Northern Virginia parents are generally comfortable with their students returning to school classrooms this fall, assuming precautions are taken to control the spread of COVID-19, according to a survey conducted on InsideNoVa.com.
Of the 937 parents who responded to the survey over the past two weeks and will have children in public schools in fall, 48% said they are extremely comfortable with in-person instruction resuming, and another 19% said they are somewhat comfortable.
“Kids need to return to as much normalcy as possible,” wrote a parent of students in Prince William County schools. “If parents aren’t comfortable there should be an option for tele-schoolwork for those students.”
However, the remaining one-third of respondents said they are either somewhat or extremely uncomfortable with their students returning to class.
“I’m not comfortable to send my child to kindergarten at all,” one respondent wrote. “He can’t practice social distancing, wearing the mask for more than 10 minutes and constantly washing his hands.”
The state will move into Phase Three of easing coronavirus restrictions on July 1. If Phase Three is still in effect when schools reopen in August, in-person instruction will be allowed at all grade levels, but physical distancing guidelines must be followed in classrooms and on school buses.
That means most of the area’s large school systems are developing plans for a hybrid of in-person and remote learning with staggered schedules for students. Several school systems, including Loudoun and Prince William counties, are conducting their own surveys of parents before finalizing their plans. The Fairfax County school system announced Tuesday that it will allow parents to choose between full-time virtual learning and returning to school part-time.
The results of InsideNoVa’s survey don't necessarily reflect the opinions of all parents in the region because respondents were not selected through a randomized process.
Across the region, parents generally weren’t terribly impressed with the area school systems’ ability to handle the shift to remote learning when schools closed in mid-March for the remainder of the academic year. About a quarter of parents gave their local school system a grade of “D” or “F” for the way in which it handled remote learning, and only 19% gave their school system an “A.” Parents of students in Fairfax County schools generally rated their school system’s performance lower than parents in other districts; that school system had problems with its remote learning platform and eventually severed ties with the vendor.
About 29% of parents said their children had done “very little” or none of the remote work assigned during the spring, but a third said their children had done almost all of the work. Although most area public school teachers assigned remote work, in most cases it either was not graded or grades were not counted because of concerns that not all students had access to computers and the internet.
“Distance learning was a disaster for us,” wrote one Loudoun County parent. “My son is a rising ninth grader. I am very concerned with the level of education he will receive this year. I feel that high school years are critical for getting him into college. LCPS needs to consider our high schoolers’ future.”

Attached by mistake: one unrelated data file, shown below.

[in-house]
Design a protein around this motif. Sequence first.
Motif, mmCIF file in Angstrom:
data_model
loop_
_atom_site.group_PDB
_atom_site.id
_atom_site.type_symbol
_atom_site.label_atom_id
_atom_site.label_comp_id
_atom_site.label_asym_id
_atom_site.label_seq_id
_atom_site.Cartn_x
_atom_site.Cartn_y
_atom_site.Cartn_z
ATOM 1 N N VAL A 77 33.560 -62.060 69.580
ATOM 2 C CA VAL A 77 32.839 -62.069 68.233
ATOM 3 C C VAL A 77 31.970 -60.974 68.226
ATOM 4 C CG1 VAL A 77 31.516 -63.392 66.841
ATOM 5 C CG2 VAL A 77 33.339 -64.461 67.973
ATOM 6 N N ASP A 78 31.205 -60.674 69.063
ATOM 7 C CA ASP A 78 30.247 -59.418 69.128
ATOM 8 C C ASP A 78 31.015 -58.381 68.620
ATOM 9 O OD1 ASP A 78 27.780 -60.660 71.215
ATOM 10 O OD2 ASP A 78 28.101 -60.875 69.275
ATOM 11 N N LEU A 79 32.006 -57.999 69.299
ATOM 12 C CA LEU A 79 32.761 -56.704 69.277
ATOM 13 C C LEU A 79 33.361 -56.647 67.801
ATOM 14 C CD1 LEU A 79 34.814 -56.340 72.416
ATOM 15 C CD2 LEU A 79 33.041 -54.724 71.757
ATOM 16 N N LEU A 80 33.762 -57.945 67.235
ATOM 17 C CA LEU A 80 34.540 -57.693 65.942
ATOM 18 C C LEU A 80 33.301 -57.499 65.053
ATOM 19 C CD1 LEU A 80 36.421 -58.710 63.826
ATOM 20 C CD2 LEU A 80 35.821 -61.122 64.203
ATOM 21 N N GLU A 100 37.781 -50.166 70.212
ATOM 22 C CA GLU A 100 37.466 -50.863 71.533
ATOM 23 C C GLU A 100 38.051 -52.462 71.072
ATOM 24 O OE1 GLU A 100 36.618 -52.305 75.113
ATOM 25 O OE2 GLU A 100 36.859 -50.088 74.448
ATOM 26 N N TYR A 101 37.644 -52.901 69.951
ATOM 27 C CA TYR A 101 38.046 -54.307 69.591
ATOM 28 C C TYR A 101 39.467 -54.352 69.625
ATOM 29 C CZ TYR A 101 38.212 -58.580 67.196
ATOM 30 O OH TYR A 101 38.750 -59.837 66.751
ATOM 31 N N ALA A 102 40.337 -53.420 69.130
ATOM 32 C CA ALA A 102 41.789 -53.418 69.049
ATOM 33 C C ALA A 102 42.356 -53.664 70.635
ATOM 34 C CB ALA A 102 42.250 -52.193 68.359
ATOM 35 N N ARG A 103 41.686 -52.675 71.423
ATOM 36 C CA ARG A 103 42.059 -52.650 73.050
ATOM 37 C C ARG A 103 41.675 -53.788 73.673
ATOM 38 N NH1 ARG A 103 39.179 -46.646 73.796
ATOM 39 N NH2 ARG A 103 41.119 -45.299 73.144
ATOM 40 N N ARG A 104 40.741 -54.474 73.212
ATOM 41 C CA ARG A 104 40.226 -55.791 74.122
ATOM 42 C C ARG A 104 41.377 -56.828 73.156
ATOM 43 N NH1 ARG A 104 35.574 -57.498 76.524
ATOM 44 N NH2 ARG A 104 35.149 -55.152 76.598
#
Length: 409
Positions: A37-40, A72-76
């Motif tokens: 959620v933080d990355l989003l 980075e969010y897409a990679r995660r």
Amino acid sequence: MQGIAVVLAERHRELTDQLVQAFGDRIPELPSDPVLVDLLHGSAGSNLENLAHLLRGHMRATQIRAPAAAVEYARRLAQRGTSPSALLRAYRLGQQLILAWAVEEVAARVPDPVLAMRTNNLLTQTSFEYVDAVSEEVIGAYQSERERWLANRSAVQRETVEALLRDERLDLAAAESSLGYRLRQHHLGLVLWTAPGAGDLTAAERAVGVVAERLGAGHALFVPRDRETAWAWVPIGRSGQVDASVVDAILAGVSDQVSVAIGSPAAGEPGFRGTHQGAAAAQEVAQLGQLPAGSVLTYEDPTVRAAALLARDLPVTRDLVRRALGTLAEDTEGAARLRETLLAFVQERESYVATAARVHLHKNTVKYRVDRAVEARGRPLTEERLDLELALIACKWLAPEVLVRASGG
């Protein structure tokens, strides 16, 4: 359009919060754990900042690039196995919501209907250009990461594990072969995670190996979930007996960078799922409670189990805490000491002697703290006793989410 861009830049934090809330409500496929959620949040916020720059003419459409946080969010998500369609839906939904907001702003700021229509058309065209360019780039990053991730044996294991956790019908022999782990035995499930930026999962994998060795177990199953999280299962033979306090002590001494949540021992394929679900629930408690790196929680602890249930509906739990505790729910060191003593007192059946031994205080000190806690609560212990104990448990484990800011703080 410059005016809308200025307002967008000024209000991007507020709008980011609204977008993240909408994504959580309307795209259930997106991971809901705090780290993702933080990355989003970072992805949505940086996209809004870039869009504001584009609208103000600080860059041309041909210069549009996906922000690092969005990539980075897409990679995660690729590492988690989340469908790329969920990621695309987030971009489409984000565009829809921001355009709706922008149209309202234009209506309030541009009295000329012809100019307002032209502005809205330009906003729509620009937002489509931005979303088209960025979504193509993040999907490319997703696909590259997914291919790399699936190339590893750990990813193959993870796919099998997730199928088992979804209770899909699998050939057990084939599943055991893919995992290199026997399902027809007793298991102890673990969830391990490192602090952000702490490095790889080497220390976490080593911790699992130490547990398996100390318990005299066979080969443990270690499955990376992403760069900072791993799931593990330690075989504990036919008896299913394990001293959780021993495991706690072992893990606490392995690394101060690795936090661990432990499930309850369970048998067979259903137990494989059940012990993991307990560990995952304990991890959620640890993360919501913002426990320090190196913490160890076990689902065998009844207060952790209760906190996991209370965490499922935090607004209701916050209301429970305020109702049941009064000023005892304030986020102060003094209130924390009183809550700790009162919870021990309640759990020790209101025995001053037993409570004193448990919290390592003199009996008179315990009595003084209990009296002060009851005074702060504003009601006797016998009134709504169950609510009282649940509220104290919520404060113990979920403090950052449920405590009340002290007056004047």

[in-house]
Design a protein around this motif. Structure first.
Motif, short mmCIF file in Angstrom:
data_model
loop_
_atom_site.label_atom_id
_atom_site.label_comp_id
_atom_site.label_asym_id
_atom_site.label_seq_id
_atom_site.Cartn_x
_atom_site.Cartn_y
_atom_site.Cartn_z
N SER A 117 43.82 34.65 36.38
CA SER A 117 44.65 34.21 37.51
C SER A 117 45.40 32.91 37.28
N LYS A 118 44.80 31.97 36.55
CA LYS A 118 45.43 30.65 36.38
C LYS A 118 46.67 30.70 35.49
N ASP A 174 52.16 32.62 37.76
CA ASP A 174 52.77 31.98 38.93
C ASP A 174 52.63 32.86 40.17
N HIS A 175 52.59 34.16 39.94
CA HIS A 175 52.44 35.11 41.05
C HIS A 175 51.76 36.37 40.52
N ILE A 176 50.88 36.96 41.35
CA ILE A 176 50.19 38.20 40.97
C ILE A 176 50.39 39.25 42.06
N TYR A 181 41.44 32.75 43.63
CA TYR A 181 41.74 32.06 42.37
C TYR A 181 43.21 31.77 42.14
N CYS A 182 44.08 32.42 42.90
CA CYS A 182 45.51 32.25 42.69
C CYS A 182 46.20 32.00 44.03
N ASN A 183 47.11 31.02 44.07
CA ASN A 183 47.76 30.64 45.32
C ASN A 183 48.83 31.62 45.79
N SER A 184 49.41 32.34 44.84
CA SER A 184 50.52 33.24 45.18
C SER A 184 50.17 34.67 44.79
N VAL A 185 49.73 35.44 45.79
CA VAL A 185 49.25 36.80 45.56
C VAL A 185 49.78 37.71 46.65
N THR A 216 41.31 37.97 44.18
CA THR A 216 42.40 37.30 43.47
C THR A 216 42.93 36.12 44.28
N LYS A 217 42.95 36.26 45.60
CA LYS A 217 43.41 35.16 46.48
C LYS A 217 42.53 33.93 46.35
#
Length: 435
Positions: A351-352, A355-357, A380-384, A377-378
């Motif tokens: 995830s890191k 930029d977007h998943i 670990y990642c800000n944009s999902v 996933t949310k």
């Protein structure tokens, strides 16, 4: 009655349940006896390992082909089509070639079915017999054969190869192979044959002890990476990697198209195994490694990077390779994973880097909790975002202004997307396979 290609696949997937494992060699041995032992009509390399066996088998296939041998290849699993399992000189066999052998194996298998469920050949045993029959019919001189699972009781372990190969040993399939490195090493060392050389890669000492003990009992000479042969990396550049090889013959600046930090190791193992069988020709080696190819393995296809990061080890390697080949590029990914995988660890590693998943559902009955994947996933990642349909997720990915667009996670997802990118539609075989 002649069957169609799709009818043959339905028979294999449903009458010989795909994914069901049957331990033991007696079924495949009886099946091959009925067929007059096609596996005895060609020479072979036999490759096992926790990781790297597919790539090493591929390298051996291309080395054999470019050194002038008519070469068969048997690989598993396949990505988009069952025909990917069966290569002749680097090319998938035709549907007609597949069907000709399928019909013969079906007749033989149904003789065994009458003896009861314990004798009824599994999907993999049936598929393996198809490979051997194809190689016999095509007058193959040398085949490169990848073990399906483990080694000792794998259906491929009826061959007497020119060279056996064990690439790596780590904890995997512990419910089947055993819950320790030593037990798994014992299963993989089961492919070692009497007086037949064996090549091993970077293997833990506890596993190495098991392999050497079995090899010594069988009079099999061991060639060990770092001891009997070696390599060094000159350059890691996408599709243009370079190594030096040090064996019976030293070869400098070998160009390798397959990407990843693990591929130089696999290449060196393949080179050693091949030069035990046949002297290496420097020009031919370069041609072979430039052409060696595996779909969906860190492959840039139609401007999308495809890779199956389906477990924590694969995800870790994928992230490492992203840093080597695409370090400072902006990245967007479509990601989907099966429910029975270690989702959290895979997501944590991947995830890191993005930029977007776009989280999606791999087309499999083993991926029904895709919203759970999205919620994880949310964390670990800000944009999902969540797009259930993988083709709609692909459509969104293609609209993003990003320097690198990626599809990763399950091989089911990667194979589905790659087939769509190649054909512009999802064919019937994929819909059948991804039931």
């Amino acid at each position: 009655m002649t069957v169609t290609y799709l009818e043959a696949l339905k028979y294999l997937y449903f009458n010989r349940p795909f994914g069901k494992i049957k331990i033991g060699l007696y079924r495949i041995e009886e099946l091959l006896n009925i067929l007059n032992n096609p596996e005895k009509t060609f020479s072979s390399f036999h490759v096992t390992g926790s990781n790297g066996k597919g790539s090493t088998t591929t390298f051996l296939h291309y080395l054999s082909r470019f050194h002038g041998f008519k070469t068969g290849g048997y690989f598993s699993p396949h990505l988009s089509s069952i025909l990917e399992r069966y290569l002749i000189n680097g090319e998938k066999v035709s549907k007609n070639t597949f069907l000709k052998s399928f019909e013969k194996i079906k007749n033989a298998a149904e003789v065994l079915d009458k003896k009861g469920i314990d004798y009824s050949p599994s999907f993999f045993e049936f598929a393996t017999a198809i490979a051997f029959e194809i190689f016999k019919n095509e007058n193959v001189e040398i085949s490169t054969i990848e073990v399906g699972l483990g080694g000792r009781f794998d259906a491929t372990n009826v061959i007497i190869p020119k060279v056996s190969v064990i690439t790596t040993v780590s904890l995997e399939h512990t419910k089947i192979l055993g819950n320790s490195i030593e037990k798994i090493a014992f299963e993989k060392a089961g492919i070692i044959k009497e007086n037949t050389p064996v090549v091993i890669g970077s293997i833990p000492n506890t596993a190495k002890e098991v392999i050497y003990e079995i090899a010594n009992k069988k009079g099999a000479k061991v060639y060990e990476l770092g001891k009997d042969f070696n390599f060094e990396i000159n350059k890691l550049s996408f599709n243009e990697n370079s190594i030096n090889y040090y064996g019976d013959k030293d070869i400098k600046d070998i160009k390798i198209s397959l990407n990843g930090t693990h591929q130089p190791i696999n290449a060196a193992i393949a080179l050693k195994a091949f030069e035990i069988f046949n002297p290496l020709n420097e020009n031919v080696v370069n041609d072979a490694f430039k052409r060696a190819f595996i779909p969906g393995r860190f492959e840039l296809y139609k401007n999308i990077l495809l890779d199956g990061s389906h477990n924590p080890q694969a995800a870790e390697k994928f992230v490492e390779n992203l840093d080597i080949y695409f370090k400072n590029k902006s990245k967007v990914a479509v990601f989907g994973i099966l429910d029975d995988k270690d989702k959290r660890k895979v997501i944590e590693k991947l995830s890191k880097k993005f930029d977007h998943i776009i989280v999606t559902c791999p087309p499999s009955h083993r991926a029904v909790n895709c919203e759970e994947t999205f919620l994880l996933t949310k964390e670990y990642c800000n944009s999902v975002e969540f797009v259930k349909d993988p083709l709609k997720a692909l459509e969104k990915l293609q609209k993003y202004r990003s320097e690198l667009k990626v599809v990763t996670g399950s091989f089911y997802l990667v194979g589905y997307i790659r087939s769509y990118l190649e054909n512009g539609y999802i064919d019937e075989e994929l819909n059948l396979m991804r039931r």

Another Loudoun parent said their children deserve to have the complete educational experience. “The detrimental effects of distance learning are great: depression, isolation, self-motivation, bad family situations, stress and difficulty grasping concepts are far greater than the risk of major health impacts on the general school-age population,” the parent wrote. “They [students] are falling behind, and their mental health is suffering.”
As a result of the pandemic, 47% said they have considered enrolling their children in private schools, home-schooling them, or both.
Many respondents expressed concerns about the impact of staggered scheduling as other businesses in the region reopen.
“You should consider parents who both work full-time jobs outside of the home who can't quit to be stay-at-home teachers or babysitters,” one respondent wrote. “Many parents’ jobs are back open full swing, not just the jobs considered essential… We need school to be open. Parents are having to choose between working and providing and our children’s future and education.”
Asked about specific steps school can take to reduce transmission of the virus, parents generally rated daily temperature or health checks and physical distancing as most important. Having more bus routes with fewer students per bus, requiring masks, and requiring students to eat boxed lunches in classrooms rather than using cafeterias were less important.
One parent of students in Fairfax who is also a teacher wrote that teacher safety also needs to be considered. “We are a two-teacher household and we care for elderly parents. I HATE distance learning as a teacher and a parent and yet I’m scared to return without a vaccine.”
If schools do open in the fall, nearly three-fourths of parents believe high school sports should resume, although about 20% say it should be without fans.
While school systems must submit plans to the state before reopening, one Loudoun parent stressed that no plan will be perfect. “We can’t address every situation. We need to aim for strong, sensible precautions understanding that they won’t be fully effective and then manage the issues as they arise. This is not the time to try and fix every problem and IS the time to find a solution that works for the majority of students, teachers and parents...namely to return the kids to school.”